The Science Of Corn Dogs

The Early Show: Alton Brown prepares corn dogs CBS/The Early Show

To be a master in the kitchen, Alton Brown says one must first begin to understand the science behind how and why food cook the way they do.

In his book, "I'm Just Here for the Food," Brown unlocks the mystery behind common cooking techniques like frying, which he shows The Early Show by preparing corn dogs.

For close to six seasons, Brown has used his show, "Good Eats" on the Food Network, as a vehicle to wittily entertain and educate viewers on the joy of cooking by delving into the science behind the art. Using history, pop culture and science, Alton elevates the home cooking of his grandparents to another level.

Corn dogs are a food that we know from fall festivals, carnivals and tailgating. It actually got its start when German immigrants moved into Texas. Some of these new German immigrants were sausage-makers by trade, but had a hard time selling their wares in Texas. So, as a ploy, they took sausages, rolled them in a cornbread batter and fried them. The sticks came later.

In order to fry something, one has to add fat. Fat does two things: it works as both a flavoring ingredient and a cooking medium. So anytime you fry a food, you add flavor and texture.

Brown describes some frying techniques on The Early Show:
  • Pan-frying: Uses enough oil to come 1/3 to halfway up the side of the food.

  • Immersion-Frying (Deep-Fat Frying): Food is completely immersed in the fat medium.

  • Sauteing: Use barely enough oil to cover the bottom of a wide, shallow, heavy and hot pan.
Brown uses pan-frying to cook a pack of corn dogs. Brown has chosen to use an electric skillet for his heated oil in large part because it's easier to maintain a steadier oil temperature. He says a steady temperature will also keep the oil from burning.

The Recipe

A Pack of Wild Corn Dogs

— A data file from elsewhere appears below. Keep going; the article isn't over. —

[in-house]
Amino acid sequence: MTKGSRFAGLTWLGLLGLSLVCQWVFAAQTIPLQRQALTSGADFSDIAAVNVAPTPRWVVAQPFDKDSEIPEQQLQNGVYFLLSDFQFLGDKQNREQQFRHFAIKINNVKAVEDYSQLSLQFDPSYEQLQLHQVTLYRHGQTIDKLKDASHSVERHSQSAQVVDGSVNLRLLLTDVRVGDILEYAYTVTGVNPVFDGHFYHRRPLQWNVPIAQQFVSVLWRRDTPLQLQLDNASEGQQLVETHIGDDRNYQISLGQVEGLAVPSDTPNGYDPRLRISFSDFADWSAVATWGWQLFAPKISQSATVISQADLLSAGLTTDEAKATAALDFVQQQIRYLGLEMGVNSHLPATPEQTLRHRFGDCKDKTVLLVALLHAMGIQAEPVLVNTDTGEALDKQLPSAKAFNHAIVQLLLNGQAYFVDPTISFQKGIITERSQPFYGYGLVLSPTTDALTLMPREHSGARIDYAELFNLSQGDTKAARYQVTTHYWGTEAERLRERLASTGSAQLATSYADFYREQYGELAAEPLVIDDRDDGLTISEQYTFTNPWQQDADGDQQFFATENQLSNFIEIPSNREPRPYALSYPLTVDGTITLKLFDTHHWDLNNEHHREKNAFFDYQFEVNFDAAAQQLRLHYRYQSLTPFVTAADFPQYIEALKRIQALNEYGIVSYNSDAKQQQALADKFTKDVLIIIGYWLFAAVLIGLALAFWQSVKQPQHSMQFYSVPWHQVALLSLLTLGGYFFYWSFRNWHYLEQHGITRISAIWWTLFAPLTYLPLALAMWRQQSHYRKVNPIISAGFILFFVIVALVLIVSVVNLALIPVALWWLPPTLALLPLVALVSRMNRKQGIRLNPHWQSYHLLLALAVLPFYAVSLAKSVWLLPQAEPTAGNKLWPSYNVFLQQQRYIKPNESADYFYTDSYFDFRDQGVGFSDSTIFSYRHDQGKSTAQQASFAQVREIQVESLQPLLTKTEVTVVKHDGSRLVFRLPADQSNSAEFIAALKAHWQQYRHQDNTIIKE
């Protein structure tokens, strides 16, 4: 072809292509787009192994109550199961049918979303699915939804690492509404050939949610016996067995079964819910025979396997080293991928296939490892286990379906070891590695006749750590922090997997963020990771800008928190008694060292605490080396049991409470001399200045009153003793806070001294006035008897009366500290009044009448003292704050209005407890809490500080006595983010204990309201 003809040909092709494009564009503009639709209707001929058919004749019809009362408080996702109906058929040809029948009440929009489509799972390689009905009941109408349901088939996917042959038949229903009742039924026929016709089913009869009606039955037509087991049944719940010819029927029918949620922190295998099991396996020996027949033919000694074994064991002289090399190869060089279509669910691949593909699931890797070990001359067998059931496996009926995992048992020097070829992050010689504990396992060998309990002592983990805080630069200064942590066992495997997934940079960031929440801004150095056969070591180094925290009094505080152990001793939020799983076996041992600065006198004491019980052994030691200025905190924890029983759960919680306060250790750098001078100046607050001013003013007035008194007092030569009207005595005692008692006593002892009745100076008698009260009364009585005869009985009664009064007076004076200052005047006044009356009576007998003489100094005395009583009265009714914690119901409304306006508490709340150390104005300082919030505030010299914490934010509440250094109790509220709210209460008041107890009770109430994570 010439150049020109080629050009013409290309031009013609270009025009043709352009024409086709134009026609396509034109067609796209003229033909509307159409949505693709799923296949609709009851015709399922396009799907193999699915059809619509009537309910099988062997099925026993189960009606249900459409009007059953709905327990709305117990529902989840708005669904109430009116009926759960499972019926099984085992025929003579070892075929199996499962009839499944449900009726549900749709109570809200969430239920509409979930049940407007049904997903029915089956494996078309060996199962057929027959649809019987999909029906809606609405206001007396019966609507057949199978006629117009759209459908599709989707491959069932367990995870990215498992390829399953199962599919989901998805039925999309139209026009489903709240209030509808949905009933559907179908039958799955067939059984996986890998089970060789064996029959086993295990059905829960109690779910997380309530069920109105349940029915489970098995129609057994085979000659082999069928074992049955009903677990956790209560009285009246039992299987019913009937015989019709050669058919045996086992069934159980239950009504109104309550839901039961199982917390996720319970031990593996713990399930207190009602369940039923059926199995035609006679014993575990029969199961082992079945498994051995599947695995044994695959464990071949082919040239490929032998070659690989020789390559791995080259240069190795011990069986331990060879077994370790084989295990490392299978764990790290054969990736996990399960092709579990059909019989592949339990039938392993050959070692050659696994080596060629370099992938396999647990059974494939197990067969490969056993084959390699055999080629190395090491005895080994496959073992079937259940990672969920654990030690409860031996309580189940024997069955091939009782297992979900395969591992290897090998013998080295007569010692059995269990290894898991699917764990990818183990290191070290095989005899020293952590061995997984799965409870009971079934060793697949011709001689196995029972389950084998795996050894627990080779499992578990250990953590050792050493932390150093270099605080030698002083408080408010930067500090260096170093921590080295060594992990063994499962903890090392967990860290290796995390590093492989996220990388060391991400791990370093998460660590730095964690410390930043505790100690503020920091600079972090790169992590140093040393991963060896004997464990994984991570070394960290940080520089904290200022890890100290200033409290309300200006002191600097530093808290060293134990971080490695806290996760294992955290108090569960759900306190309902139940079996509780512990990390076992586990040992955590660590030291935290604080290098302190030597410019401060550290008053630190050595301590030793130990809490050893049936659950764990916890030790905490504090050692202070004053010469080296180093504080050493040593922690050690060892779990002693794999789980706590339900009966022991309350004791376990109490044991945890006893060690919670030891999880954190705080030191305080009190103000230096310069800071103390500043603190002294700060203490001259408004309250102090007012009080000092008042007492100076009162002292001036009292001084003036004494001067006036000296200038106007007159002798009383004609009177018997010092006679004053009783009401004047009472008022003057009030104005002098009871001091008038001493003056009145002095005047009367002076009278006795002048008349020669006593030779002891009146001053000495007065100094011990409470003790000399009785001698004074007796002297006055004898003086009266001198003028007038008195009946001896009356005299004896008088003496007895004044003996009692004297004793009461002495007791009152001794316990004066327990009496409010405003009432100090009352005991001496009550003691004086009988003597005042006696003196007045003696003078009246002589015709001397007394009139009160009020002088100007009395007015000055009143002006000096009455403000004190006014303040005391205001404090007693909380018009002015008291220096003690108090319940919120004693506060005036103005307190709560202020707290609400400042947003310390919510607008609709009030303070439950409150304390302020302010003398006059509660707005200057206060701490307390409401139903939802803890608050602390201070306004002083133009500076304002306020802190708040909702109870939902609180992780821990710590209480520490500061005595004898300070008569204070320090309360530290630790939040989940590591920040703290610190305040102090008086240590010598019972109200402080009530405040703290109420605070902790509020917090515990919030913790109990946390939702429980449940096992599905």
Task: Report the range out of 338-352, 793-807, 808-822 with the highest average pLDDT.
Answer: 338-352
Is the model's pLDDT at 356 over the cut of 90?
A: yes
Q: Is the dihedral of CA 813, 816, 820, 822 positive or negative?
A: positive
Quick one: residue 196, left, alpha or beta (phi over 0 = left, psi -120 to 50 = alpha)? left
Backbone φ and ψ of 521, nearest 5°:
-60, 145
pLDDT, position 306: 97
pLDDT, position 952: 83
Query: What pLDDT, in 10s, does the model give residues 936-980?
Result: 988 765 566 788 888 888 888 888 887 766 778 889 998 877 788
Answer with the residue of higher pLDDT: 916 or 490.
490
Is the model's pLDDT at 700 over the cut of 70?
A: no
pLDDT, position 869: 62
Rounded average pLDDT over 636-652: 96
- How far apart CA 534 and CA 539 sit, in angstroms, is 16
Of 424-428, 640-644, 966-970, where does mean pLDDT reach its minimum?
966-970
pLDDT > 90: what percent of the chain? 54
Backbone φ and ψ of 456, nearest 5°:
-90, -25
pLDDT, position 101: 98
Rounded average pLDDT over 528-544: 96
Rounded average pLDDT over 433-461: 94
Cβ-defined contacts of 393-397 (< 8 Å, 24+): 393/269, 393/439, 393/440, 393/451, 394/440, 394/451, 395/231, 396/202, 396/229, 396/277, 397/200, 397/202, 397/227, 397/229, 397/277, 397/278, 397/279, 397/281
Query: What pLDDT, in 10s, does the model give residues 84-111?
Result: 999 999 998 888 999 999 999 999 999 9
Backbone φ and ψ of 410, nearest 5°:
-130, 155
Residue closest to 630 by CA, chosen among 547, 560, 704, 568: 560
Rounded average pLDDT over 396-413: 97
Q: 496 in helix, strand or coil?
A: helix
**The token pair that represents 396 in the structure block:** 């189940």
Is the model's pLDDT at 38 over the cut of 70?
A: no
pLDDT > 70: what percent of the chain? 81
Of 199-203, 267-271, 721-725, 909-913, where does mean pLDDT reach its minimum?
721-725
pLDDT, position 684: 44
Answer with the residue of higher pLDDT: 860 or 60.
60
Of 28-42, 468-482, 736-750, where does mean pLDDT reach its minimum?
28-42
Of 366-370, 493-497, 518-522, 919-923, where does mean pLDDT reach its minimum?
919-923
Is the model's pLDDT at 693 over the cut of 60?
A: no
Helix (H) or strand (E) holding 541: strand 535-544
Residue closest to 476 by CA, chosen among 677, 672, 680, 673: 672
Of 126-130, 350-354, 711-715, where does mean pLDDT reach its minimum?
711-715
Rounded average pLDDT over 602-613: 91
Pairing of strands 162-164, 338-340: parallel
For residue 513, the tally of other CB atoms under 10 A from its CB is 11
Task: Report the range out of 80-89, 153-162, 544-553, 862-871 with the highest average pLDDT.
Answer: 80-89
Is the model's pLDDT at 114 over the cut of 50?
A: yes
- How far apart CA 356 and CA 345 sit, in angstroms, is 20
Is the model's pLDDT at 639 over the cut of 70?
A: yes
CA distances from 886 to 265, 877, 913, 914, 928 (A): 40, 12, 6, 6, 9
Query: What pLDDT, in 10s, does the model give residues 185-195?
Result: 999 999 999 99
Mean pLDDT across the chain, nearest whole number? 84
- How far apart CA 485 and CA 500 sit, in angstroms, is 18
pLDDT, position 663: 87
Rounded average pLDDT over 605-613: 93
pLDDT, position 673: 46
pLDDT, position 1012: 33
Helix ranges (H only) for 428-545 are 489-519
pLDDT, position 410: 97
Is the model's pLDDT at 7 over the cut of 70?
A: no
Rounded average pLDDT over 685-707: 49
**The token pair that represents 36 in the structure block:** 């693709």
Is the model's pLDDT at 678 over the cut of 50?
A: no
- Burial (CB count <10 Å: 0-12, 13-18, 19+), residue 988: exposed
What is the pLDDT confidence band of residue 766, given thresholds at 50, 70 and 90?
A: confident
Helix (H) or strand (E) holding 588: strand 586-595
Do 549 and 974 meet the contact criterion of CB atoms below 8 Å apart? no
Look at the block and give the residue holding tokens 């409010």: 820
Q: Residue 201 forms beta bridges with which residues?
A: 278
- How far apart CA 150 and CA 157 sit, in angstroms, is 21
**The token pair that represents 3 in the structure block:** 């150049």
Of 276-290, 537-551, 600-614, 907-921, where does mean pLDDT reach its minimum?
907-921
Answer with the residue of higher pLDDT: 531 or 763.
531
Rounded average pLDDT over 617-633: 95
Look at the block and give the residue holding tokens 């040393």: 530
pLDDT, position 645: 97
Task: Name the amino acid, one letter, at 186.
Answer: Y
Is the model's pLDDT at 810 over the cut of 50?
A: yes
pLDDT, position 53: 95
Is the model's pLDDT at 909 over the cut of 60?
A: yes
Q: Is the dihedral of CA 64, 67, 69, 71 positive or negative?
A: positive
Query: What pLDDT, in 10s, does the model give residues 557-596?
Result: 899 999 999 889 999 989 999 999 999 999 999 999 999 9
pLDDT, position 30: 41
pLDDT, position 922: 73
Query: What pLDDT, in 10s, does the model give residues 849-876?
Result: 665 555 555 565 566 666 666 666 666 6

Yields: 4 corn dogs

Ingredients:
4 cups vegetable shortening
1/2 plus 1/3 cup all-purpose flour
1/2 cup yellow cornmeal
1 tablespoon salt
1/4 teaspoon baking soda
1 teaspoon baking powder
1/2 teaspoon cayenne pepper
1/2 jalapeño chili, seeded and finely minced
1/3 cup fresh corn kernels, pounded slightly
1/4 cup grated onion
1 cup buttermilk
4 franks or pre-cooked sausages (He is partial to buffalo sausages)
Cornstarch for dredging

Cooking Utensils:
Electric skillet
3 containers for dredging
Draining rack
4 Popsicle sticks

Pan Frying Method:

Heat the shortening in an electric skillet. Set the thermostat to 350 degrees F. (Do not go beyond this temperature or the shortening will burn.)

Combine the flour, cornmeal, salt, baking soda, baking powder, and the cayenne pepper. In a separate container, combine the jalapeño, corn, onion, buttermilk, and 1/2 cup water. Pour this wet mixture into the dry ingredients, stirring just to thoroughly combine. Allow the batter to rest for 10 minutes.

Thoroughly pat the franks dry. Dredge the franks in cornstarch, being sure to shake off all the excess, then dip them in the batter. Immediately add to the hot fat. As soon as the batter is set on the bottom side, roll the corn dog over to cook the other side. Turn every minute until the outer skin is mahogany brown and crunchy, about 6 minutes total.

Drain briefly on a draining rack. Grasp the corn dog firmly with the towel and push in a Popsicle stick for a handle. (Leaving the handles off until the cooking is over makes for a lot more room in the pan. Besides, there's no other way to keep the handle from getting greasy).
  • Rome Neal

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